Why I’m rooting for a Johnny comeback
It seems ludicrous that I’m rooting for someone who was caught partying the night before he was supposed to meet with team medical staff when he was last on an NFL roster. He never showed up to the meeting and was cut from the roster following the end of the 2015 season.
Yet that conduct was only detrimental to him. Looking at what he did to others makes my argument seem even more appalling. In 2016, his ex-girlfriend’s attorney claimed he ruptured her eardrum. Though he was dismissed of the charges and ordered to attend counseling, it is safe to say that this man is not an exceptional person.
I’m talking about Johnny Manziel, of course–you know, the first player to ever win the Heisman Trophy as a freshman in 2012. The player who got his name “Johnny Football” trademarked after that season. With his many college awards, there is no doubt that he will be considered one of the best college football players of the decade.
Though he always had personal issues off the field, his stardom in college carried him past that. However, after being drafted in the NFL by the Cleveland Browns, these problems became more and more troublesome. Though being drafted by the Browns as a quarterback can be seen as a curse, many of the issues Manziel had were brought on by himself.
Manziel’s time with the Browns was uninspiring at best if you look at his stats. Even more concerning than his stats are what his colleagues said of him. In an ESPN article after his rookie season, nearly 20 Browns sources stated he showed a lack of commitment and preparation, with one player calling Manziel’s season a “100 percent joke.”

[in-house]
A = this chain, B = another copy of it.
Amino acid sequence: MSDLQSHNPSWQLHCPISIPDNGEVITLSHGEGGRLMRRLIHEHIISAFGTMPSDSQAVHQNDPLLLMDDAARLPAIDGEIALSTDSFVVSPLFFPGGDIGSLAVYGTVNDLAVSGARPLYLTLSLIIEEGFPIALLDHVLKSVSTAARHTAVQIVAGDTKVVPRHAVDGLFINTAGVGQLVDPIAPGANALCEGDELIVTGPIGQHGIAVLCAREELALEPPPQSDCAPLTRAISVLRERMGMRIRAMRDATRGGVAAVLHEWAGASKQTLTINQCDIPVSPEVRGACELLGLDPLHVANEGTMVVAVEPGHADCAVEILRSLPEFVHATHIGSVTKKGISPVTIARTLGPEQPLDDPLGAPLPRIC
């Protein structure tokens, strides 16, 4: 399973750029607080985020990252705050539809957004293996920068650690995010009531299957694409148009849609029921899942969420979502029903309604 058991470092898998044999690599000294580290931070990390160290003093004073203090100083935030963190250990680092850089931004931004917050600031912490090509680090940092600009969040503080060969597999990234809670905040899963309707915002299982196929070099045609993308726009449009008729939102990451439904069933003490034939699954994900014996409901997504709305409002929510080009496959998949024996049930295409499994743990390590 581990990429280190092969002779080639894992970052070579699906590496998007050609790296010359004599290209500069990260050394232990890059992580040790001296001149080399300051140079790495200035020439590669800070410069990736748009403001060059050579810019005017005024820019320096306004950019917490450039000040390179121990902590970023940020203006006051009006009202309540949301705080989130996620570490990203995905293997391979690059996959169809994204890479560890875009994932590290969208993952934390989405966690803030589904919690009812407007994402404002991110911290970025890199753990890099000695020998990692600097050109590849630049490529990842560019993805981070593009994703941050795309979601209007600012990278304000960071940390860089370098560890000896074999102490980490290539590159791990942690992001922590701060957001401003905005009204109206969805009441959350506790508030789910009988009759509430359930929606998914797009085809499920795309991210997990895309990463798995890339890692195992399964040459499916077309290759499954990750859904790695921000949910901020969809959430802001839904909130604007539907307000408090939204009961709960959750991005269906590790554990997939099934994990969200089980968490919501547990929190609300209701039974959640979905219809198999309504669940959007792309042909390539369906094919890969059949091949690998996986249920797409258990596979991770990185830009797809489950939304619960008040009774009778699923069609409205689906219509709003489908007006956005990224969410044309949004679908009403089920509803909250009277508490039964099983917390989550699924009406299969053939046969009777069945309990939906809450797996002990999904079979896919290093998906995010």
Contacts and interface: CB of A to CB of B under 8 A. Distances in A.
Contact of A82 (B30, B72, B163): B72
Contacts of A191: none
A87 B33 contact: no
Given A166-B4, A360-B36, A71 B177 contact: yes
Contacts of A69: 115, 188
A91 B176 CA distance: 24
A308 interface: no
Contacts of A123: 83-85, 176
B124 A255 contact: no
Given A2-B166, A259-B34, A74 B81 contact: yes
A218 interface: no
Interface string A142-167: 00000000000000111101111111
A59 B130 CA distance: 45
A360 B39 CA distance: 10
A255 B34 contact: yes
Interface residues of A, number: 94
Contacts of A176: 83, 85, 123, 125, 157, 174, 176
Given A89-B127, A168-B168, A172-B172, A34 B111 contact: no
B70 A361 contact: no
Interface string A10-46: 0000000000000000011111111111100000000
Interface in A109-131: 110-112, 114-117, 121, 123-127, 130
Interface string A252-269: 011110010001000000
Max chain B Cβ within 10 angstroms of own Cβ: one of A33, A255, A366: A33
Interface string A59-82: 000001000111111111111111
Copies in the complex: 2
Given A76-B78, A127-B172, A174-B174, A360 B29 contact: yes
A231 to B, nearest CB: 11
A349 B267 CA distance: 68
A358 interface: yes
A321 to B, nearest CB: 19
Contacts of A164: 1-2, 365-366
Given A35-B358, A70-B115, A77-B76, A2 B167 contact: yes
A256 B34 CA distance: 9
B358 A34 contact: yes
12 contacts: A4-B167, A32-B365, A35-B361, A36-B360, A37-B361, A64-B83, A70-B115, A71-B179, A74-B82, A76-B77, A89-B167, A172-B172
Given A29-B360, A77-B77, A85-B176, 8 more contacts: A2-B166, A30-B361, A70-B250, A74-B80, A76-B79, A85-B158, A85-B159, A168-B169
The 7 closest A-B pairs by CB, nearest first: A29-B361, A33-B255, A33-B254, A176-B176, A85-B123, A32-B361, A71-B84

Though he did get more playing time the following season, his antics off the field grew worse, affecting his relationship with the Browns. After he partied before the final game of the season, the Browns cut him. His agent fired him as well.
So what has changed about Manziel that makes me support him?
For one, he was diagnosed with bipolar disorder about a year ago. He has stopped drinking since then and recognizes he is the only one responsible with for his run-ins with the law. He is treating his disorder through medication and hasn’t had any legal issues since the diagnosis.
Second, there is evidence he is taking the game more seriously now. He participated in the Spring League, a non-paying developmental league for those interested in playing in the NFL or CFL (Canadian Football League). In his final Spring League game, he threw one interception but also ran in for two touchdowns. These are not superb stats, but it does show some flashes of him being a dual-threat quarterback.
Besides participating in the Spring League, Manziel also threw at two different pro days. At his final pro day at Texas A&M, Manziel threw in front of all 32 NFL teams as well as two CFL teams.
Manziel has two options from here. He can wait for an offer from an NFL team. Or he can sign with the Hamilton Tiger-Cats of the CFL, where he has a two-year contract waiting for him. If he signs with Hamilton, he would not be able to return to the NFL, where he’d prefer to be, until the end of the 2019 CFL season. CFL training camp for rookies starts on May 16, so he must make his decision if he wants to play in the CFL or not by then.
Manziel is starting to get back in the groove of things. Regardless of whether NFL scouts think he’s ready to play in the league, it would be great to see his talent back on the field somewhere, even if it’s Canada. At the age of 25, Manziel finally can control and understand himself. It’s time to see this quarterback on the field, not only because he has talent, but because he is mature for the first time since entering the public spotlight.